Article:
Recently the prices of onion hit Tk 220 per kg in the kitchen market of Dhaka city as India banned onion export in last September. With the price of onion, one can buy some 7.34 kg potato, 2.75 kg carrot, 3.86 kg tomato and so on. However, the lack of domestic availability of this necessary commodity is making daily cooking challenging. All the interdependent meals are leaving middle-income families in deep trouble.
The Consumer Rights Protection Act, 2009 prohibits adulteration, hoarding, smuggling, black marketing, cheating or fraud in weight and measurement or selling products at higher prices. Unfortunately, consumer rights and regulations are being breached because of the improper execution. Consumer protection without proper action is not possible.
In order to mitigate this crucial need, some onion has already been imported from Pakistan and Egypt by air. It will not solve the price volatility even if the imported onion is sold at Tk 45 per kg. Instead, it will cause a heavy loss for the government. It may, however, enhance supply of onion in the kitchen market as some 58,500 tonnes of imported onion reached the Chittagong port.
Though the government is making an attempt to bring back the balance between supply and demand in the market, consumers are struggling to adapt to the current situation. They are looking forward to the authorities responsible for taming the market instability.
Lack of consumer awareness and participation is also a flaw, because consumer rights and regulations cannot be protected until the consumers start playing a responsible role under such conditions. Consumers' responsibility is reflected only when a consumer acts responsibly in buying goods or services. Preventing onion purchase for a certain period of time can reduce the pressure and give the government to some space bring the situation under control.
The issue of consumer protection came into the focus because of inadequate onion availability in the market but regular healthy food consumption remains unseen. It is happening because consumers in general are continuing to keep their confidence in the big brands in Bangladesh. Even brands like Maggi, Mr. Noodles and, Mama Noodles have earned consumers' liking because they can eat noodles during break time and it takes less time to prepare. Children also love to get noodles inside their tiffin boxes now. But are all the consumers aware that tasting salt which is used to prepare noodles can lead to a health hazard like damaging the endocrine gland (gland which monitors the hormone levels in the human body).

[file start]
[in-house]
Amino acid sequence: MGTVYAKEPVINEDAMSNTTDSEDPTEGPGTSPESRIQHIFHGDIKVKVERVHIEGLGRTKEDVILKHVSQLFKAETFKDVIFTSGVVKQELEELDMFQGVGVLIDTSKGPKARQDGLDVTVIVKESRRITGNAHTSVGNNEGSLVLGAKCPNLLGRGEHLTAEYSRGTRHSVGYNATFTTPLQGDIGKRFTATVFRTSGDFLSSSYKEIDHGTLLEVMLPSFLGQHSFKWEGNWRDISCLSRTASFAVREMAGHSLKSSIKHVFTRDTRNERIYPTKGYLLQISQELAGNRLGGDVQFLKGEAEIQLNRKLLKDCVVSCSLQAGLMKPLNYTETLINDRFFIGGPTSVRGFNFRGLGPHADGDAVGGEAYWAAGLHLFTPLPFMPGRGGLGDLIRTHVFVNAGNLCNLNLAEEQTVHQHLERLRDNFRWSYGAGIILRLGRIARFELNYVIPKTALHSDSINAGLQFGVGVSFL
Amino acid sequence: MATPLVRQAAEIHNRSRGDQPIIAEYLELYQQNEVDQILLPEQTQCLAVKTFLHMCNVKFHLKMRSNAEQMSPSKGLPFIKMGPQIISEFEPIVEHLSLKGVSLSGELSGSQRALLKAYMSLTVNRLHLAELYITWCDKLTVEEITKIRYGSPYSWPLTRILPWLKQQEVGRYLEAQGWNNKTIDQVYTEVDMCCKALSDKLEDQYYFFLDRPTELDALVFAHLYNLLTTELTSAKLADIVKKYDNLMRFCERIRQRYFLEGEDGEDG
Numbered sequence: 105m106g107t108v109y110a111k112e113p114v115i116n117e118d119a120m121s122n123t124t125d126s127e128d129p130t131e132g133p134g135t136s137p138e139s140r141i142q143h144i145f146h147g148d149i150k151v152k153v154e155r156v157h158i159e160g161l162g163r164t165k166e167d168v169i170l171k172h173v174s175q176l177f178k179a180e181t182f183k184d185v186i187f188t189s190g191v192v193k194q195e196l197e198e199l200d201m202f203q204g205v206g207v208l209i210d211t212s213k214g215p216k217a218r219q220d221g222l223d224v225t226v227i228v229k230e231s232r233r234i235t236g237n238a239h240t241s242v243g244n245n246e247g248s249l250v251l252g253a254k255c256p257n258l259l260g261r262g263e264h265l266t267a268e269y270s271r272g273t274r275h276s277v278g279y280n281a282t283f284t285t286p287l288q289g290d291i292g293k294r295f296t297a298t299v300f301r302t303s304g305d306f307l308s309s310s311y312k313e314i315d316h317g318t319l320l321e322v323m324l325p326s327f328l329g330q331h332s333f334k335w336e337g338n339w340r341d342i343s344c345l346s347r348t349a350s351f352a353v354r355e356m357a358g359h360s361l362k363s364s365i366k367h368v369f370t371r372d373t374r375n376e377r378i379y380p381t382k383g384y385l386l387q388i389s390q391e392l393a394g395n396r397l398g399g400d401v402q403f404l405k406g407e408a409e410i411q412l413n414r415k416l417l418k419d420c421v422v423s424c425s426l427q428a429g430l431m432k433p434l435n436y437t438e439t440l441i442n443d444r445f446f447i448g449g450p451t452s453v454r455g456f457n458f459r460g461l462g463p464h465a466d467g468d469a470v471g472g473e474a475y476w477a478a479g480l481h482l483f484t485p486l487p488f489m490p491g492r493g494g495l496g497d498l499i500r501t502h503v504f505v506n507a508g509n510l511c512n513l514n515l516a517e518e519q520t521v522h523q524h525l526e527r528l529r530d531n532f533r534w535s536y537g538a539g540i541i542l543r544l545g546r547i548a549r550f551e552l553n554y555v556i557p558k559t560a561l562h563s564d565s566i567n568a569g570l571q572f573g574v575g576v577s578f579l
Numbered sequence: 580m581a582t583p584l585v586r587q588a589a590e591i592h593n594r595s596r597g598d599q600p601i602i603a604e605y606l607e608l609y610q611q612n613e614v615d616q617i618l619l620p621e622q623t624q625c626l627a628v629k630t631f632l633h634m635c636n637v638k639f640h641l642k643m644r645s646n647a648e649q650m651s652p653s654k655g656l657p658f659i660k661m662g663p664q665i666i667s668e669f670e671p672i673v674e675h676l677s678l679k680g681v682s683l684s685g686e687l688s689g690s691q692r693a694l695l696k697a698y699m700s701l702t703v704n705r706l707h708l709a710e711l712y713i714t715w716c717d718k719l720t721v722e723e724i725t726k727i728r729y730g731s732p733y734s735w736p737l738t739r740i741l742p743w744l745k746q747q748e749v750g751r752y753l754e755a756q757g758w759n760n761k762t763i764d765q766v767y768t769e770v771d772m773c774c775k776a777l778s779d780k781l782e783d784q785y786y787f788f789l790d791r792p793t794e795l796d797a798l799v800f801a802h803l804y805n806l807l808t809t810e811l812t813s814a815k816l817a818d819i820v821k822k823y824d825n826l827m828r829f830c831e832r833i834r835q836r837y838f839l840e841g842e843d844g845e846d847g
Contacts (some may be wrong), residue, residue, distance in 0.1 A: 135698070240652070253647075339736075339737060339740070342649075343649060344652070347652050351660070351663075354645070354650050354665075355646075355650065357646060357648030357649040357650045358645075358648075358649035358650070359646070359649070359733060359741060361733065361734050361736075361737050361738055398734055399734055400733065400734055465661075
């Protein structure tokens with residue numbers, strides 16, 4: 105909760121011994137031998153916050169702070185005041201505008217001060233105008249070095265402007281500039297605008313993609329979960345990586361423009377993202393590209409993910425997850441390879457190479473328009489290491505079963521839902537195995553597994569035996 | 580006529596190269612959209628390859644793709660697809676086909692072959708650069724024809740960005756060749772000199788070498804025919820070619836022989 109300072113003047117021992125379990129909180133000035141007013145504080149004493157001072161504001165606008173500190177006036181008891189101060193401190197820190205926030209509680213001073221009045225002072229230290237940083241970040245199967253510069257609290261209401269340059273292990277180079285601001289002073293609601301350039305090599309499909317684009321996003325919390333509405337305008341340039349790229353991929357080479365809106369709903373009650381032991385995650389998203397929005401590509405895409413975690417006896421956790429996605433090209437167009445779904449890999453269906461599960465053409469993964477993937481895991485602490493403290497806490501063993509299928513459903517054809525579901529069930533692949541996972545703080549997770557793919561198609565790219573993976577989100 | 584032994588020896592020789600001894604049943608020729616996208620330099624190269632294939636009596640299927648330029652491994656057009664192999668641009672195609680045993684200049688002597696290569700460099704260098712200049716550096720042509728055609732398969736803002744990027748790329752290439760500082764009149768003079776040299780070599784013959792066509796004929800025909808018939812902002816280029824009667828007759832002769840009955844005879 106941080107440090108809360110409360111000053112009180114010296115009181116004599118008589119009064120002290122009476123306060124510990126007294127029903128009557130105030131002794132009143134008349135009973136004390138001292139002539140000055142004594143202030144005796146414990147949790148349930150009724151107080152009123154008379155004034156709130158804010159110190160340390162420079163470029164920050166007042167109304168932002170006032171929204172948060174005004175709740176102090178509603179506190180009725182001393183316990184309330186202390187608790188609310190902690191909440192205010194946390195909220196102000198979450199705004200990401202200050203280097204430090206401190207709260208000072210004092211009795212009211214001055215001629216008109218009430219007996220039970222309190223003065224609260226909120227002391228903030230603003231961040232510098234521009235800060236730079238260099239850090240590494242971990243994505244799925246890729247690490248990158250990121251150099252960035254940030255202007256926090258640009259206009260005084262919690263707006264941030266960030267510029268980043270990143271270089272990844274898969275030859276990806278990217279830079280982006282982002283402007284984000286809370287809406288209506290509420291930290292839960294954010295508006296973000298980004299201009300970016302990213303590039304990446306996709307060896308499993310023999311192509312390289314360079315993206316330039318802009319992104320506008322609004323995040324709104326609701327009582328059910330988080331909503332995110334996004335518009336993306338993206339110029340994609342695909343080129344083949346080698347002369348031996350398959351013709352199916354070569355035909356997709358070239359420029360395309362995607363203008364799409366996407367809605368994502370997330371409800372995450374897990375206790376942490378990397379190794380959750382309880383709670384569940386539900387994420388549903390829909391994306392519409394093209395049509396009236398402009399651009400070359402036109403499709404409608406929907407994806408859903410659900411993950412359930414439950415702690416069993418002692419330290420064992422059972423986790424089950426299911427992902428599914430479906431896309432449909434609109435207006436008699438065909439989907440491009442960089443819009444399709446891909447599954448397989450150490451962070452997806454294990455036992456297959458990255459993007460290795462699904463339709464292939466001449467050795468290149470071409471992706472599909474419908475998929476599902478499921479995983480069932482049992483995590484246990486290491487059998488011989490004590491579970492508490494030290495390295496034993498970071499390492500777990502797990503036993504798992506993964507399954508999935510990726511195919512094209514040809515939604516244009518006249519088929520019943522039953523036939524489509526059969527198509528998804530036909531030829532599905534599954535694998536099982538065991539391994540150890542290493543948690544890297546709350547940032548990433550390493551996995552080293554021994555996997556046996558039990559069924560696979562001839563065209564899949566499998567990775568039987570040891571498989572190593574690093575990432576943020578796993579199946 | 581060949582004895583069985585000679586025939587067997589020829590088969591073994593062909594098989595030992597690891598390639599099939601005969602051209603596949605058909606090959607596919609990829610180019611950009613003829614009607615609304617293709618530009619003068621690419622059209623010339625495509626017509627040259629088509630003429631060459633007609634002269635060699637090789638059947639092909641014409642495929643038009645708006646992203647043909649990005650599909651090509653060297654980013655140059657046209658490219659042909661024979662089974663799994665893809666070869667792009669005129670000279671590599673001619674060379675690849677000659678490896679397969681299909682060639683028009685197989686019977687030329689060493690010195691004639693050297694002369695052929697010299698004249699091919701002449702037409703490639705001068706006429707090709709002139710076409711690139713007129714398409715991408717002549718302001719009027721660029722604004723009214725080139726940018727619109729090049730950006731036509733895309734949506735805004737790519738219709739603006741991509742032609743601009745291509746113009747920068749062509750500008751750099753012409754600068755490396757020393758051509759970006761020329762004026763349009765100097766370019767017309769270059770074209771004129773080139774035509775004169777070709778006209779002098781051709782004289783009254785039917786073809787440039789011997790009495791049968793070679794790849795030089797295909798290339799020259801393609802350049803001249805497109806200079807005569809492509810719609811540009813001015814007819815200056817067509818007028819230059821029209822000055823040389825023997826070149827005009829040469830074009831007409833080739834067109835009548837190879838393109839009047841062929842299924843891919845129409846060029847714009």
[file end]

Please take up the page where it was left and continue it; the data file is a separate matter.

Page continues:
Fraudulent business is still thriving fast under the cover of growing economy. In 2013, Bangladesh Food Safety Authority (BFSA) got a law to acquire food safety while coordinating amongst the 18 ministries and 486 agencies involved in ensuring the food safety of consumers.
President of the Consumers Association of Bangladesh (CAB), Ghulam Rahman, said, "Bangladesh still needs to struggle a lot for ensuring food safety and getting rid of adulteration."
However, consumer protection laws are there but still in a scattered manner. Unfortunately, the major factors of adulteration are a profit-making tendency and lack of awareness among consumers and sellers. In order to resolve this matter, CAB is working conscientiously in six divisions of Bangladesh to raise awareness about food safety among the consumers.
The Program Coordinator of the CAB, Ahmad Ekramullah said, "Recently CAB is organising events to make people aware about food safety, especially outside Dhaka. We are focusing on the root cause of the issue. Farmers are applying pesticides to vegetables these days. Consumers are not thinking twice before buying goods recommended by close ones but it has been said that prevention is always better than cure. Unfortunately, we are running after doctors to get the cure instead of keeping us away from this harmful effect. So, we are showing farmers to use righteous ingredients to grow fresh vegetables in return they can get handsome incentives. And, asking consumers to monitor food quality while purchasing goods."
He also said, "After prior initiatives, consumers across Bangladesh are raising voice against such a corrupt approach of business individuals. However, 20 years back it was hard to find a complaint on violating consumer protection. During the 90th century, people used to smoke inside a cinema hall but right now it is not happening any more. We are getting thousands of complaints from consumers which we are sorting out through collaborating with Bangladesh Food Safety Authority (BFSA) and the Ministry of Food. As stated by the law, consumers are also obtaining incentives from the compensation for being active citizens of Bangladesh."
In the end, the artificial price hike is a big headache for a developing nation like Bangladesh. Consumers are victims of fraudulent activities and such malpractices are bad for consumers. As we all know, consumers are the king and without them, we cannot expect a flourishing economy in a broader perspective. It is high time we should stand beside each other as a business individual or as a consumer. So, let's move forward collaborating with each other at this juncture because today's companion will bring tomorrow's change.